On the first day of rehearsals for its upcoming production of “Mockingbird,” Nashville Children’s Theatre Executive Artistic Director Ernie Nolan spoke to the cast and crew about the play’s themes of understanding and healing in the wake of school violence. But there’s no way he could have known just how timely that conversation would be, in light of the recent shooting that took place in Parkland, Fla.
“Usually, we tell stories that are very ‘Once upon a time,’” Nolan says. “But ‘Mockingbird’ is so current, so of the moment. It’s shocking to think that we are literally responding to what is happening in our schools right now.”
Based on the award-winning book by Kathryn Erskine and adapted for the stage by Julie Jensen, “Mockingbird” centers on Caitlin, an 11-year-old with Asperger’s syndrome, who must navigate the complicated emotions surrounding grief and loss when her older brother is killed in a school shooting.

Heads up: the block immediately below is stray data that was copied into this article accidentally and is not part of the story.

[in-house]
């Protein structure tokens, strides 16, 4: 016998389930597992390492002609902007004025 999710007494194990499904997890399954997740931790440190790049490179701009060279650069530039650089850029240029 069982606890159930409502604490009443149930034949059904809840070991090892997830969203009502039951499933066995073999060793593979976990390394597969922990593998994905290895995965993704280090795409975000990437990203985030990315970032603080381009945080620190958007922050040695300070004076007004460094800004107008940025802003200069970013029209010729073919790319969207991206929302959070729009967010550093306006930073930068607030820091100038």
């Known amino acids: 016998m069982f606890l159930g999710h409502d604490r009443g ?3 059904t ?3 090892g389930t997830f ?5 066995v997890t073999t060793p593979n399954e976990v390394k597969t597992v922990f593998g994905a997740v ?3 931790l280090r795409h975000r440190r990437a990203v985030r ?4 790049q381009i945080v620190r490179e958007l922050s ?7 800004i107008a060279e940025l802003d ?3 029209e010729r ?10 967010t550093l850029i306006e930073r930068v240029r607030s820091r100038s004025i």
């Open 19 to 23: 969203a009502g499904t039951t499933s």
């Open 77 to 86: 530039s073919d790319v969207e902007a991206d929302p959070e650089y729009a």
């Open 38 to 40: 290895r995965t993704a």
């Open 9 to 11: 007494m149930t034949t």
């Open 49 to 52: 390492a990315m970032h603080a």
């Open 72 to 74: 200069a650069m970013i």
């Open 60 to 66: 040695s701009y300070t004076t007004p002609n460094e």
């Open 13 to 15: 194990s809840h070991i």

“For me, this show is really about empathy. It’s about a community responding to violence. But because of the specific difficulties facing our main character, she is quite literally discovering what it means to have empathy. She’s dealing with her own feelings, while trying to understand her father and everyone else searching for closure. It’s such a beautiful story, and I think it really offers an important springboard for conversation for both children and parents.”
Nolan has enlisted a pair of Broadway designers to bring “Mockingbird” to life, including scenic designer Court Watson (“Guys & Dolls,” “The Coast of Utopia,” “Grease!,” “Little Women,” “High Fidelity”) and sound designer Joanna Lynne Staub (“Angels in America,” “The Color Purple,” “The Curious Incident of the Dog in the Night Time”).
“It’s been so exciting to work with these amazing artists. We’re really thrilled to have Court and Joanna on board, along with the rest of our incredible cast and design team.”
Read the full article from the Tennessean here.